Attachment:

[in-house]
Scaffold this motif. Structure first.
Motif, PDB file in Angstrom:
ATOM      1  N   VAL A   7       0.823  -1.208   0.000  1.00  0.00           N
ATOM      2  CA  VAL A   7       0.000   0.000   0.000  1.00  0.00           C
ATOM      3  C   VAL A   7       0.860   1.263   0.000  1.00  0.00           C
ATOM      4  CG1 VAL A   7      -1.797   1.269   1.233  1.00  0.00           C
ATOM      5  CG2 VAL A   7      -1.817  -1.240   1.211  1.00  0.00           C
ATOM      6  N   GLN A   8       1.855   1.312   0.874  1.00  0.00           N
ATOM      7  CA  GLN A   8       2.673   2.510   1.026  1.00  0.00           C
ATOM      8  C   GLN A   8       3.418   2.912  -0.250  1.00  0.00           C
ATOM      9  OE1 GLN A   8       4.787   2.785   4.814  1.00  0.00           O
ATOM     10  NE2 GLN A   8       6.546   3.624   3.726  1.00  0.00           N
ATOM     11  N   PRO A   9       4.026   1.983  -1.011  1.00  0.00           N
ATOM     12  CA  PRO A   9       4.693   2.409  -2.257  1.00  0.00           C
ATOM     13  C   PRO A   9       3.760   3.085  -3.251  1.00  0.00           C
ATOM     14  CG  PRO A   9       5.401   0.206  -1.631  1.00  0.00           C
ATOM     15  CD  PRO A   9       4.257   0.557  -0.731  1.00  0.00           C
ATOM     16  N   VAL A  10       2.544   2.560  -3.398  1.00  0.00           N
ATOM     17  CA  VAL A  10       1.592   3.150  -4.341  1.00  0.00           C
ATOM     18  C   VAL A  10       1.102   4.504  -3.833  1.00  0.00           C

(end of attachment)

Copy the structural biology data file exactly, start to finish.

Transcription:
[in-house]
Scaffold this motif. Structure first.
Motif, PDB file in Angstrom:
ATOM      1  N   VAL A   7       0.823  -1.208   0.000  1.00  0.00           N
ATOM      2  CA  VAL A   7       0.000   0.000   0.000  1.00  0.00           C
ATOM      3  C   VAL A   7       0.860   1.263   0.000  1.00  0.00           C
ATOM      4  CG1 VAL A   7      -1.797   1.269   1.233  1.00  0.00           C
ATOM      5  CG2 VAL A   7      -1.817  -1.240   1.211  1.00  0.00           C
ATOM      6  N   GLN A   8       1.855   1.312   0.874  1.00  0.00           N
ATOM      7  CA  GLN A   8       2.673   2.510   1.026  1.00  0.00           C
ATOM      8  C   GLN A   8       3.418   2.912  -0.250  1.00  0.00           C
ATOM      9  OE1 GLN A   8       4.787   2.785   4.814  1.00  0.00           O
ATOM     10  NE2 GLN A   8       6.546   3.624   3.726  1.00  0.00           N
ATOM     11  N   PRO A   9       4.026   1.983  -1.011  1.00  0.00           N
ATOM     12  CA  PRO A   9       4.693   2.409  -2.257  1.00  0.00           C
ATOM     13  C   PRO A   9       3.760   3.085  -3.251  1.00  0.00           C
ATOM     14  CG  PRO A   9       5.401   0.206  -1.631  1.00  0.00           C
ATOM     15  CD  PRO A   9       4.257   0.557  -0.731  1.00  0.00           C
ATOM     16  N   VAL A  10       2.544   2.560  -3.398  1.00  0.00           N
ATOM     17  CA  VAL A  10       1.592   3.150  -4.341  1.00  0.00           C
ATOM     18  C   VAL A  10       1.102   4.504  -3.833  1.00  0.00           C